Those who own them tend to give the same explanation: They’re an attraction. “Where else are you going to see a gorilla in a field?” asks 88-year-old Bert Miller of Harvey, N.D. “When people think of Harvey, they think of Og.”

Og is, in fairness, only half a gorilla--36 feet high from the bellybutton up. Made of wire and thick papier-mache, he once graced a “frontier village” in Mandan, just west of Bismarck. When that business folded years ago, a farm-tools dealer in Harvey, pop. 2,200, bought the King Kong-like monster to put on his roof.

Insurance concerns nipped that idea, and eventually Miller bought Og and placed him in an empty field along a straight stretch of Highway 52 from Jamestown to Minot.

“He’s brought an awful lot of attention to Harvey,” Miller says. “But I can’t say definitively that business in town has increased on account of him.”

Not everyone appreciates Og. One farmer, who declined to give his name for fear of being labeled a sourpuss, said he finds the gorilla’s presence “kinda weird.”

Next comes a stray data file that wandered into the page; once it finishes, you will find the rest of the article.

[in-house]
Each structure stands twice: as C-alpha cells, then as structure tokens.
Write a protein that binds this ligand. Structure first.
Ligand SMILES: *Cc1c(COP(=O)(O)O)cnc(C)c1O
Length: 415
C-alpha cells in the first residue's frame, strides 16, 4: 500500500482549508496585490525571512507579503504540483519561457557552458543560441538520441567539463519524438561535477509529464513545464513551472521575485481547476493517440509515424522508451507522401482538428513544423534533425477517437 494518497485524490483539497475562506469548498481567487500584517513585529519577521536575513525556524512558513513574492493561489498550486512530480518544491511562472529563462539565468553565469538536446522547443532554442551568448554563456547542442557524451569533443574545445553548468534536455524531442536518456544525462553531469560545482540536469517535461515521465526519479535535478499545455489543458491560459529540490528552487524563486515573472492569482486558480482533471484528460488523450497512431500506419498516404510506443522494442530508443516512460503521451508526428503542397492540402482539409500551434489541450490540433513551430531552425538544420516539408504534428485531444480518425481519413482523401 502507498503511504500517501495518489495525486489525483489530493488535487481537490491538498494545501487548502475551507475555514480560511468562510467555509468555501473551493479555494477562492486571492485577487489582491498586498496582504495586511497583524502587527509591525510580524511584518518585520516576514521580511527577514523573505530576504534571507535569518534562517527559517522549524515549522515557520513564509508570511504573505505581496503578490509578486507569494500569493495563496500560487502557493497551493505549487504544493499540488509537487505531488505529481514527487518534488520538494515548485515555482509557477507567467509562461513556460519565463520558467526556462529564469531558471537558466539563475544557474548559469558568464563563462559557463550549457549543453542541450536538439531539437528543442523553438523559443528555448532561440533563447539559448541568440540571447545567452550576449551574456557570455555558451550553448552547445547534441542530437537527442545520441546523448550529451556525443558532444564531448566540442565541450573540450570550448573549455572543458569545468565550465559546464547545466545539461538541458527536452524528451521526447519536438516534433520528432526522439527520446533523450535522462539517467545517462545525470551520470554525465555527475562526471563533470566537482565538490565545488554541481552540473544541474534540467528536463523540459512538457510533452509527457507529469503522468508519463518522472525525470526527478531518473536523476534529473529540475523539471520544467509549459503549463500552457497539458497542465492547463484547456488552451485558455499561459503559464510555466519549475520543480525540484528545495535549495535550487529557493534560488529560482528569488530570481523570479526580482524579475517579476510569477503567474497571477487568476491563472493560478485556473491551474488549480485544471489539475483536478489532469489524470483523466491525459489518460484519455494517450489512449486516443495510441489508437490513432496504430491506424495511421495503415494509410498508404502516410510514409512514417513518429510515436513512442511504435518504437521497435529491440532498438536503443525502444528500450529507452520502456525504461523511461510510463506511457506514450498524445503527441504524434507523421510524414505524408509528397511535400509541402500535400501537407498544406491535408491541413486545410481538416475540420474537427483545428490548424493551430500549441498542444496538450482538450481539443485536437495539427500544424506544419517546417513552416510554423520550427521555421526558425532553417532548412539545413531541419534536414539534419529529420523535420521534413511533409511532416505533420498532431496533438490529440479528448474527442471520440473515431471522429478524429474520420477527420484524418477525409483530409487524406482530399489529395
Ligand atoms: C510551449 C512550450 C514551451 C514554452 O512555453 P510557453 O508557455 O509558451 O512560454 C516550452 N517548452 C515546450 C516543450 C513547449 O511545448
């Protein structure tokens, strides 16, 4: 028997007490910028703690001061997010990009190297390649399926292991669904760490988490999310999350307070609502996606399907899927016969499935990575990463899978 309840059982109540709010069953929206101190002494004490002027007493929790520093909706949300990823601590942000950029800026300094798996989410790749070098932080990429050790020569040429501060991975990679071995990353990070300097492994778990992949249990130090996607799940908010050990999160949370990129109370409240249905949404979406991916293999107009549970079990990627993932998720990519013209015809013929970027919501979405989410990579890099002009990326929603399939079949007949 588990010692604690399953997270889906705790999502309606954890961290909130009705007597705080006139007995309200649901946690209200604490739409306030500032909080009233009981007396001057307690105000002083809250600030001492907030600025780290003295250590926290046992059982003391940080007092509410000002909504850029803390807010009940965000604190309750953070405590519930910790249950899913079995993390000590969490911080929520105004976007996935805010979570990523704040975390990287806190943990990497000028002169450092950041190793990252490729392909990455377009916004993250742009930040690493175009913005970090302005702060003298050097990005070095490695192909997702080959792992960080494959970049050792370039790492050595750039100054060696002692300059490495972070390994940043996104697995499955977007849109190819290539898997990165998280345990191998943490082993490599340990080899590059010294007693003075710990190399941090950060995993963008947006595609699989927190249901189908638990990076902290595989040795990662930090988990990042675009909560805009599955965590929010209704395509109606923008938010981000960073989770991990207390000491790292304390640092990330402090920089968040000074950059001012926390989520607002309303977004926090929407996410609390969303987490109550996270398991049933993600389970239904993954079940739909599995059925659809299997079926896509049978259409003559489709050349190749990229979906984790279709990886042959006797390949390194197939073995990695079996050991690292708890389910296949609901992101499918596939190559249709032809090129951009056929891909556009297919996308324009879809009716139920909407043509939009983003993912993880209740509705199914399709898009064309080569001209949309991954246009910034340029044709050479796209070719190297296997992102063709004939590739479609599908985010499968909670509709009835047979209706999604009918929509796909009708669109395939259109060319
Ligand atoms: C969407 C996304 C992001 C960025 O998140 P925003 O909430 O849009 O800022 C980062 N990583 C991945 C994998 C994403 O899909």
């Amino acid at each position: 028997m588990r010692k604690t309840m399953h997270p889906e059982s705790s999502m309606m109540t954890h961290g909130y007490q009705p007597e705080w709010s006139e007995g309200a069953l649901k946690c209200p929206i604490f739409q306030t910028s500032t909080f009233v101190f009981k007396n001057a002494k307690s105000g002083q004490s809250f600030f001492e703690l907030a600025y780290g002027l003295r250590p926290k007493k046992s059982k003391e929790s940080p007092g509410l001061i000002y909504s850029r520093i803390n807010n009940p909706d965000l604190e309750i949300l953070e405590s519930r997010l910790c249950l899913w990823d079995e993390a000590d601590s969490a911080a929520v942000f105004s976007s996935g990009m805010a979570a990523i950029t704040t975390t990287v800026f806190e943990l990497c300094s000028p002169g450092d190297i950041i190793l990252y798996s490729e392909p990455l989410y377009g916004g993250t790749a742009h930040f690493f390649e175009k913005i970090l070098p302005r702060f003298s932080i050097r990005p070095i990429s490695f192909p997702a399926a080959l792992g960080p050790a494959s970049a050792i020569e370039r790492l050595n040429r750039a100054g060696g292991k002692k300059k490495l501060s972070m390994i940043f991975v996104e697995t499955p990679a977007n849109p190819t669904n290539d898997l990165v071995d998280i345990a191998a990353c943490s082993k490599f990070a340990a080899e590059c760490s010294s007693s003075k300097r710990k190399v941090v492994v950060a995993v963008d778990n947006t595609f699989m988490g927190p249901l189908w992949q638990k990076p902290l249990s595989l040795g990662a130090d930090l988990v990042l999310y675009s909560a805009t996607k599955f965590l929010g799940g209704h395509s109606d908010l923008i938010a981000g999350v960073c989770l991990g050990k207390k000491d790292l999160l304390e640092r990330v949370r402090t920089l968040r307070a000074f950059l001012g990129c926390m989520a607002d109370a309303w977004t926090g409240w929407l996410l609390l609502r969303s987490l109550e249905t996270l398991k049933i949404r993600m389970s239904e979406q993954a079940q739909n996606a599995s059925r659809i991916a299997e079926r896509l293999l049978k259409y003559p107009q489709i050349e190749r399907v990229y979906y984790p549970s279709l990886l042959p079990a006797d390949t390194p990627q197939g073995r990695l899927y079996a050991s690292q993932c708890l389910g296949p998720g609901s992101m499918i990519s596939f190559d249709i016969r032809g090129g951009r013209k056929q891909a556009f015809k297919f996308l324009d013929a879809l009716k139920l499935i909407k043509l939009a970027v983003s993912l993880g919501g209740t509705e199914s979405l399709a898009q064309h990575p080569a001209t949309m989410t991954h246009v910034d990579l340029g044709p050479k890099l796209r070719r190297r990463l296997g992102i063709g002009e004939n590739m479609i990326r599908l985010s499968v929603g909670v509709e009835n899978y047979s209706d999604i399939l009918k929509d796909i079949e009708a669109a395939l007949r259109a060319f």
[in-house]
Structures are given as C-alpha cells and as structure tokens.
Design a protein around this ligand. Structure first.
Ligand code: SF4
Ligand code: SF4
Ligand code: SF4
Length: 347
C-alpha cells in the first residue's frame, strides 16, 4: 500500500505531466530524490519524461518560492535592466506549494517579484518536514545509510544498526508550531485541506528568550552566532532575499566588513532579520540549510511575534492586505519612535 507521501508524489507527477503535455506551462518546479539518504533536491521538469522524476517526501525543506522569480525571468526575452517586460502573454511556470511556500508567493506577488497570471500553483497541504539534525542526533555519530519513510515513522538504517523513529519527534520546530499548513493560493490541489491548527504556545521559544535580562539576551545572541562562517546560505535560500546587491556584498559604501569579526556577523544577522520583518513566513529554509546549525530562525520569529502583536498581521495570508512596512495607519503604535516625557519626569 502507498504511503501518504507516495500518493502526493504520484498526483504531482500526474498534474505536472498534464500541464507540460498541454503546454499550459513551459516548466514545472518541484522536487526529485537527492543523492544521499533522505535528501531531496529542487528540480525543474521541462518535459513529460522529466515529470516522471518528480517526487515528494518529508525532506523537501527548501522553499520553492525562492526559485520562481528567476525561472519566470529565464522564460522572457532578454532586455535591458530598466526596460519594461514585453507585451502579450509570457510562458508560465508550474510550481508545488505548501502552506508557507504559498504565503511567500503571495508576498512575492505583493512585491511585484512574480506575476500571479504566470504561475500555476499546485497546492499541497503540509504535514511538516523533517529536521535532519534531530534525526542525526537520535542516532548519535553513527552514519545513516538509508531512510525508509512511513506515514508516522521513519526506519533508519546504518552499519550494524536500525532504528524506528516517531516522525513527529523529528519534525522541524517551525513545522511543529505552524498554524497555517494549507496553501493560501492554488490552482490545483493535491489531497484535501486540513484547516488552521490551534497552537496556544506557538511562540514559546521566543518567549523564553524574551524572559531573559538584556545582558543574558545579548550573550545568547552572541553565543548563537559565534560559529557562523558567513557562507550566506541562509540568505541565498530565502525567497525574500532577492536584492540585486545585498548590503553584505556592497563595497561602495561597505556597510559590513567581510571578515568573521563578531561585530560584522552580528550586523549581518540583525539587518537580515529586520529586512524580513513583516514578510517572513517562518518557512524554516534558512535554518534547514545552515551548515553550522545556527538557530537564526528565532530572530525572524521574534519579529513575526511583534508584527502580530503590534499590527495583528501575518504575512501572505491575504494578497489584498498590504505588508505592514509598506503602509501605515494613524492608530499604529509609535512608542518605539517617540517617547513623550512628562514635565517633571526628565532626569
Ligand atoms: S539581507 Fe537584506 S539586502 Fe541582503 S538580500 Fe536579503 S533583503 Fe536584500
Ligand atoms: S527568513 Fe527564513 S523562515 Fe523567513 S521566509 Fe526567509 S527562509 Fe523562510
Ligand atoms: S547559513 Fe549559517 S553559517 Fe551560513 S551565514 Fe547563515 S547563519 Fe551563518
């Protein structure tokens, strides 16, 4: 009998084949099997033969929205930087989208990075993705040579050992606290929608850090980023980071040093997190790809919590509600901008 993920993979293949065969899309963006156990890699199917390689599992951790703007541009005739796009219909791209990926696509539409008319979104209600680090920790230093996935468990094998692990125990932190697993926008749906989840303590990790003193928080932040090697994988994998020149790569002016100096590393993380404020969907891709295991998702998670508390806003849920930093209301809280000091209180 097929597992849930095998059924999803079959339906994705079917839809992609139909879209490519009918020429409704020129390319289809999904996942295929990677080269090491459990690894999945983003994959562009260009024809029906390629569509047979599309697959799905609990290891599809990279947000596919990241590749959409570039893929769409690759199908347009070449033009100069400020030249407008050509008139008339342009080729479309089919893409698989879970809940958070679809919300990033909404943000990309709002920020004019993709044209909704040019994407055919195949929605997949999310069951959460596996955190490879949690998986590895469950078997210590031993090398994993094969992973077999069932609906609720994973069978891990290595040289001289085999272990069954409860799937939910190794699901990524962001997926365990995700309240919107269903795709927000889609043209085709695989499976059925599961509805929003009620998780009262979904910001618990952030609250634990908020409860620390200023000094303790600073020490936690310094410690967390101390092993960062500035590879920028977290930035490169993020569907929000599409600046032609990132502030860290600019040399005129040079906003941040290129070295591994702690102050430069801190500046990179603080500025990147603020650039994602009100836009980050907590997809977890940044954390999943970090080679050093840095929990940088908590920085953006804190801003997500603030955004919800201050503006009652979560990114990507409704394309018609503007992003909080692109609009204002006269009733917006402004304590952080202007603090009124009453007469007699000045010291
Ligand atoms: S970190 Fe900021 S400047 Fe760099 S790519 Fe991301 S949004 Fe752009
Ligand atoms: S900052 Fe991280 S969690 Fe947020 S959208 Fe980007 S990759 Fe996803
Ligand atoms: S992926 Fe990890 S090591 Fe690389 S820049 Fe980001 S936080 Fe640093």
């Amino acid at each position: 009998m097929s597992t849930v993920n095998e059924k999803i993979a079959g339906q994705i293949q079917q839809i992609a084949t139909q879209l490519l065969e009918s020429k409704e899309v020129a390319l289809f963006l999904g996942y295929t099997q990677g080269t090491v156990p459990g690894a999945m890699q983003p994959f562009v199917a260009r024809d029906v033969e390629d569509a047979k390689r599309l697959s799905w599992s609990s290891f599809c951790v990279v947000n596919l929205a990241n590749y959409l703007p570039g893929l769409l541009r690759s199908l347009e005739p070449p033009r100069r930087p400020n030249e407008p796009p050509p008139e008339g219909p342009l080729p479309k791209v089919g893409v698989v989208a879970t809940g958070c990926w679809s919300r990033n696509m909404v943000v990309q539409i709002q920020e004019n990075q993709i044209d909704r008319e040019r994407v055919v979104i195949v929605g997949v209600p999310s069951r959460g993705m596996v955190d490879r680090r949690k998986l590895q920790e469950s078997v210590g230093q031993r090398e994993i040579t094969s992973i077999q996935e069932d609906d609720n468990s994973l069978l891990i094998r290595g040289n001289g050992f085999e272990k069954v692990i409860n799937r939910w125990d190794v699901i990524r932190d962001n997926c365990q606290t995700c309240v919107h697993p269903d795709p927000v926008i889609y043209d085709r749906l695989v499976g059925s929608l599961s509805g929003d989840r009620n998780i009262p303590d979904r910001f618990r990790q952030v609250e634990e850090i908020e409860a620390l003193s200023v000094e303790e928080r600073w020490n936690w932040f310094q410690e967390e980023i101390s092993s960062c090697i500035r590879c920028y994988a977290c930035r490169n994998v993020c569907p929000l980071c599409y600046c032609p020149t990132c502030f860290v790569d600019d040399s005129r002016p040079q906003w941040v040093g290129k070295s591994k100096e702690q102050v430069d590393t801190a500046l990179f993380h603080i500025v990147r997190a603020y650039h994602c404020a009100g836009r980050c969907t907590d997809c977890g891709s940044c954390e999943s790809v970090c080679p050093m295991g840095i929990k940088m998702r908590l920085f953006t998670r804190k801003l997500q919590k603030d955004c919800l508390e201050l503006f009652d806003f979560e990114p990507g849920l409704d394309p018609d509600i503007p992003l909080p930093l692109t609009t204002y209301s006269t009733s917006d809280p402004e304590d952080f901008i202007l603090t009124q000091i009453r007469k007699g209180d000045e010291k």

While some say the goal is money, others see it as a way for towns to distinguish themselves from their neighbors.

“I don’t think any of these small towns believe these are tourist attractions like Disneyland’s a tourist attraction,” says Dan Fesenmaier, director of the University of Illinois Tourism Research Laboratory. “But for the community itself, for many of these communities, it becomes a defining element for them, a sense of identity.”

Robert Tubbs is an unabashed giants fan. As director of recycling for the North Dakota Health Department, he takes frequent drives around the state and makes a point of visiting the statues. In 1996 he compiled a directory of North Dakota’s “outdoor sculptures.”

He categorizes most into three distinct groups: commercial, to advertise a business; civic, to honor a community’s history or industry; and “concrete dementia,” a term he borrowed from Roadside America, an online guide to odd attractions around the country.

“Concrete dementia is the retired guy, the insane guy who has nothing to do so he builds some giant, weird thing,” Tubbs says. “Obviously, he’s a little different from the rest of us.”